It is a fact generally ignored when considering the communal nature of institutional families like schools, large corporations, colleges, armies, hospitals and government agencies that they are not real communities at all, but networks. Unlike communities, networks—as I reminded you—have a very narrow way of allowing people to associate, and that way is always across a short spectrum of one, or at most a few, specific uniformities. It is a puzzling development, as yet poorly understood, that the “caring” in networks is in some important way feigned. Not maliciously, but in spite of any genuine emotional attractions that might be there, human behavior in network situations seems to become a dramatic act—matching a script produced to meet the demands of a story. And as such, the intimate moments in networks lack the sustaining value of their counterparts in community. Those of you who remember the wonderful closeness possible in army camp life or sports teams, and who have now forgotten those you were once close with, will understand what I mean. Have you ever forgotten an uncle or an aunt?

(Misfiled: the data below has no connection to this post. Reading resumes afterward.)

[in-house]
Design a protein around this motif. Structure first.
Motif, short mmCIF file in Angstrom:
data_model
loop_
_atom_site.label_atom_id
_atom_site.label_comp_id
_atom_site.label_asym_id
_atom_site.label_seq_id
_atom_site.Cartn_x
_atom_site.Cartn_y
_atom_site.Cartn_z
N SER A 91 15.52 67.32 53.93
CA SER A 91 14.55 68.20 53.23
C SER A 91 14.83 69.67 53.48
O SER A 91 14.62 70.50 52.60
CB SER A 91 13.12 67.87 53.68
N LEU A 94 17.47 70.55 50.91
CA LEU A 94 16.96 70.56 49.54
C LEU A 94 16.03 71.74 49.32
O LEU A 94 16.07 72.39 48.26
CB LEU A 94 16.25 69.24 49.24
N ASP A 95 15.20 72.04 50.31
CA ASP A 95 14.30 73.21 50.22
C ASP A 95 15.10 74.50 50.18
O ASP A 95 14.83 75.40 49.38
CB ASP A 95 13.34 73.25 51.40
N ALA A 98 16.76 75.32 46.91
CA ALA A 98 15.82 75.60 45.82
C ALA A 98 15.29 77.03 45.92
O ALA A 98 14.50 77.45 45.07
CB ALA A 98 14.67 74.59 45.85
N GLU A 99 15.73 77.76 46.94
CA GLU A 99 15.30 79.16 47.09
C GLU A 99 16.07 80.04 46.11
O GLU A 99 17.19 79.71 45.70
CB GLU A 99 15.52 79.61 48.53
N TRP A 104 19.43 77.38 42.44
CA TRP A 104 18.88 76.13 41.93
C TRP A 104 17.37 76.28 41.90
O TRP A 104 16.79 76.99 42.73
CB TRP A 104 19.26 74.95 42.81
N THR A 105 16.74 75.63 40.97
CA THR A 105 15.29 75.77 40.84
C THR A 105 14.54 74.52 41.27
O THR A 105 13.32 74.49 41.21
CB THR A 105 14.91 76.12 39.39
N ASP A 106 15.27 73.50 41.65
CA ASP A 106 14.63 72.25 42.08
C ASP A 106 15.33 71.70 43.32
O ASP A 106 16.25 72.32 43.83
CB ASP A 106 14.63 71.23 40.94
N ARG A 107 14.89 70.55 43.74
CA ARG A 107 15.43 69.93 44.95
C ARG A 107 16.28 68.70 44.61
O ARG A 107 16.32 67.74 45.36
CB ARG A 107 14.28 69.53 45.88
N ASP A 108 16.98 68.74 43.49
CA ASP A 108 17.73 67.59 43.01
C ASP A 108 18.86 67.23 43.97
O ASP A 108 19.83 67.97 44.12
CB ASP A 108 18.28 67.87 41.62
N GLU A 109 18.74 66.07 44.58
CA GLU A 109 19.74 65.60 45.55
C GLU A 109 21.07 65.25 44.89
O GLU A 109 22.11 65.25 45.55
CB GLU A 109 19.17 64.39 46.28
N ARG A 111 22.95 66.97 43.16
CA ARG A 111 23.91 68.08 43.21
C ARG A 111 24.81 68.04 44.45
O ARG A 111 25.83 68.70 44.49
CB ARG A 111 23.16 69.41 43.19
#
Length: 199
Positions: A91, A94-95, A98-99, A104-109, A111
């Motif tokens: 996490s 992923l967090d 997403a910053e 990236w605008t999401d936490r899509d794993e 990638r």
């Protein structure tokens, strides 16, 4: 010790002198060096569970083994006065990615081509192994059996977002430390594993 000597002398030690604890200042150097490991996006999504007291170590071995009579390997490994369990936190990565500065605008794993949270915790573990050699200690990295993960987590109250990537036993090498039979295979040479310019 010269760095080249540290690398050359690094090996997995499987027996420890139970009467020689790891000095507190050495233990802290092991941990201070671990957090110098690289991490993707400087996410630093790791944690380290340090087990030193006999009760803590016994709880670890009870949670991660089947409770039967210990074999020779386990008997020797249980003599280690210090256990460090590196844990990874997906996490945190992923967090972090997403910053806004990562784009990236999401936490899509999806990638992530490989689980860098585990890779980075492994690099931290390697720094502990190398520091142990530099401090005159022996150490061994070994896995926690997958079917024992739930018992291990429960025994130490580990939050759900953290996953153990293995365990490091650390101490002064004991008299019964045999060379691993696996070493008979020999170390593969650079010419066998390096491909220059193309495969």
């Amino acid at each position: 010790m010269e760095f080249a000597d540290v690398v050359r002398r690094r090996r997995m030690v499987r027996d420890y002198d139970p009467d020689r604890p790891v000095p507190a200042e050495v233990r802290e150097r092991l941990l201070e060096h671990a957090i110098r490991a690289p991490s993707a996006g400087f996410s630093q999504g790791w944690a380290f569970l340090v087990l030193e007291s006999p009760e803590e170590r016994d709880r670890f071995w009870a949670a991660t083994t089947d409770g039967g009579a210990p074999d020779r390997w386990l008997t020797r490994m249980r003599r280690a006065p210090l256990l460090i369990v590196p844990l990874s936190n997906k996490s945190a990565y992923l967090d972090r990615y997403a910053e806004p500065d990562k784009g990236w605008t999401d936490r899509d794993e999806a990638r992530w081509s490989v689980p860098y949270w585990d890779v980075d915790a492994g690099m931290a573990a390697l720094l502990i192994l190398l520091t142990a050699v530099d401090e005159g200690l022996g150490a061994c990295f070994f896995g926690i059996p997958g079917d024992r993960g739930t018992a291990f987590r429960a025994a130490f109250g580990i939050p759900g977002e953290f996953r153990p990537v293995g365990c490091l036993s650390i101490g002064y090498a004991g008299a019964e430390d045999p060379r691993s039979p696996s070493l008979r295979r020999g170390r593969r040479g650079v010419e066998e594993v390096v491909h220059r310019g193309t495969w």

I belong to some networks myself, of course, but the only ones I consider completely safe are the ones that reject their communitarian facade, acknowledge their limits, and concentrate solely on helping me do a specific and necessary task. But a vampire network like a school, which tears off huge chunks of time and energy needed for building community and family—and always asks for more—needs to have a stake driven through its heart and be nailed into its coffin. The feeding frenzy of formal schooling has already wounded us seriously in our ability to form families and communities by bleeding away time we need with our children and our children need with us. That’s why I say we need less school, not more.
Networks divide people, first from themselves and then from each other, on the grounds that this is the efficient way to perform a task. It may well be, but it is a lousy way to feel good about being alive. Networks make people lonely. They have no way to correct their inhuman functioning and still succeed as networks. Behind the anomaly that networks look like communities but are not lurks the grotesque secret of mass-schooling and the reason why enlarging the school domain will only aggravate dangerous conditions of social disintegration it is intended to correct.